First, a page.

ith a pair of well-played victories over Duquesne and Virginia Tech, UMass (11-8, 5-2 in the Atlantic 10 Conference) may have finally reached that long-awaited "next plateau" last week. That's the level where you're playing solidly enough to always beat the teams you should beat.
Even better, both wins came on the road, which is extremely essential in conference play.
Best of all, UMass won a game while playing atypically fast, pressing ball (84-75 over the physically gifted runners from Duquesne), then won one while playing typically torturous "UMass ball" (49-41 over Va. Tech). That's the type of versatility all good teams must show. Anyway, as Minutemen coach Bruiser Flint says, "So the score was in the 40s. As long as I have 45 and the opponent has 44, so what?"
Against Va. Tech (9-10, 3-4), UMass' defense indeed bordered on the unbelievable. The Minutemen held the Hokies to just 30.9 percent shooting from the floor (14.3 from trey range), which will win you a multitude of games in any league. UMass, of course, was no offensive juggernaut either, in a game that was only slightly slower than molasses. But it was that type of a matchup, and an important win. So, as Bruiser says, "Who cares?"
Especially when the Duquesne game proved beyond a shadow of a doubt that this improved UMass team can score plenty if forced into a racehorse type of game. In fact, with its always-solid defense, UMass is now 8-0 this season when scoring over 70 points.
With the entire squad playing an outstanding first half, UMass led the Dukes 44-35 at the intermission. With Chris Kirkland and Kitwana Rhymer both at the top of their form, the team's inside-outside balance was exceptional; led by the sizzling Monty Mack, the Minutemen also hit 5-7 threes.
But then came trouble. Duquesne, a very gifted young squad in the rebuilding mode after recent disasters – they play four freshmen plentifully – came out playing sizzling ball and actually built a 55-51 lead with a terrific 20-3 run at the beginning of the second half. During this period, some of UMass' old faults – taking shots too fast, carelessness with the ball – re-reared their ugly heads.
But the Minutemen stormed back, led by Mack's outstanding clutch shooting and Kitwana Rhymer's powerful boardwork. An 8-0 run built a 67-62 lead that UMass never relinquished. Mack, playing fabulously sharp, finished with 32 points, while Rhymer had an outstanding 14 rebounds, 3 steals, and 4 blocked shots.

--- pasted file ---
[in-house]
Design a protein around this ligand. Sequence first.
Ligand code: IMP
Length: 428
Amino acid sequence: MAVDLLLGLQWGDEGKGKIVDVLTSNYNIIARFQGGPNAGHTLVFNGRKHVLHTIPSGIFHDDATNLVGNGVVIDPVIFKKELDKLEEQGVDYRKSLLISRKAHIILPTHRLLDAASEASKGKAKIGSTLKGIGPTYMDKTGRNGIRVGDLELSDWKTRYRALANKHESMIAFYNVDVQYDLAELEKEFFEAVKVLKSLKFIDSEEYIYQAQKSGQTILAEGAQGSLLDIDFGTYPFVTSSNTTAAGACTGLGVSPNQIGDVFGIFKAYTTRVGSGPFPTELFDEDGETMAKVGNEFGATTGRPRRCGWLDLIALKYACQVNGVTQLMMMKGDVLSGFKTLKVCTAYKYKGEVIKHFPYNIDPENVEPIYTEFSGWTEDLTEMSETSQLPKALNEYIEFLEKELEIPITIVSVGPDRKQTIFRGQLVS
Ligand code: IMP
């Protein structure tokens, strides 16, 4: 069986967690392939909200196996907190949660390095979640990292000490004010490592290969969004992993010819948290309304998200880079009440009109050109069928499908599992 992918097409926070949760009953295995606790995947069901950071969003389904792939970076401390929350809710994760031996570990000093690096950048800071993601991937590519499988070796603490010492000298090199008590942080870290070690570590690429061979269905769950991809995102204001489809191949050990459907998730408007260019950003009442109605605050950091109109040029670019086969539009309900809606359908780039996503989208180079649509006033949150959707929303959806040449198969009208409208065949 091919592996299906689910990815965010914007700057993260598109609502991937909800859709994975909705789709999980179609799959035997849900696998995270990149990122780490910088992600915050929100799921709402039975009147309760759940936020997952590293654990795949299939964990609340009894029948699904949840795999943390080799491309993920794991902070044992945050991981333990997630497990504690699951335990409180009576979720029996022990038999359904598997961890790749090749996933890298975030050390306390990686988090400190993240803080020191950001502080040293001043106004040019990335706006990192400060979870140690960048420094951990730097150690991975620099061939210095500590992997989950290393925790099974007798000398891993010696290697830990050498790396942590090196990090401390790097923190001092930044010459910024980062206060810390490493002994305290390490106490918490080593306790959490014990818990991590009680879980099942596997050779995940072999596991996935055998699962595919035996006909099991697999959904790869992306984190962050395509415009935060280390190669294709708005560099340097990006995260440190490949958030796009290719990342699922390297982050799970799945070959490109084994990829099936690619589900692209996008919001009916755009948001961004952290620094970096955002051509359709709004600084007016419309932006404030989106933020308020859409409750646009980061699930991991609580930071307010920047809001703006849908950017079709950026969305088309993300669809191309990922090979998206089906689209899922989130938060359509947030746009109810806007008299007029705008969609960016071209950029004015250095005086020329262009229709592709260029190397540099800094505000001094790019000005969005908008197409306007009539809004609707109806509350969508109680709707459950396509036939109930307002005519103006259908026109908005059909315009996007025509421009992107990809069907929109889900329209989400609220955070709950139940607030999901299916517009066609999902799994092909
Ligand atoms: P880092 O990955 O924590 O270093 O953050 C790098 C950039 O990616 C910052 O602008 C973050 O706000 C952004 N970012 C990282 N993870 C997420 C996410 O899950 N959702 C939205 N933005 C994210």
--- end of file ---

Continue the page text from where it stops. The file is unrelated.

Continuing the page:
Against Va. Tech, with the snoozy pace, those type of numbers were impossible to reach, but Mack (22 points) and Rhymer (15 rebounds) did their thing well once again. Rhymer, staying out of foul trouble – and also much improved and more confident of late – has been in double figures rebounding, three of the past five games. And Mack has led the team in scoring in 11 out of the last 12 contests. Ironically, both have been helped greatly by the improving play of new point guard Shannon Crooks. "Mack gets better looks because opponents must guard Shannon, who is creative and can shoot," Flint says. "Crooksie has really calmed down, he's not forcing the play so much, and his shot selection is so much better. Plus he's very talented physically and an extremely gifted defensive player."
Of course, the team's improved play and newfound versatility will come in handy this week as UMass, suddenly back in the TV spotlight, is about to face a couple of Top 25 toughies in Temple and Texas.
More accurately, that's playing slower-than-humanly possible Temple, and run'n'gun Texas.
"I know the game against Temple will be in the 40-s," Flint smiles. "But so what? As long as we take care of the ball and attack that matchup zone with some maturity, we've got a chance."
Indeed, this has to be the best possible time for UMass to play nationally ranked teams. They're playing much, much better. Still, is this oftentimes offensively challenged team good enough to beat those guys? "We'll give it a shot," Flint says. "Actually, the way we've been playing, we'll give it a good shot."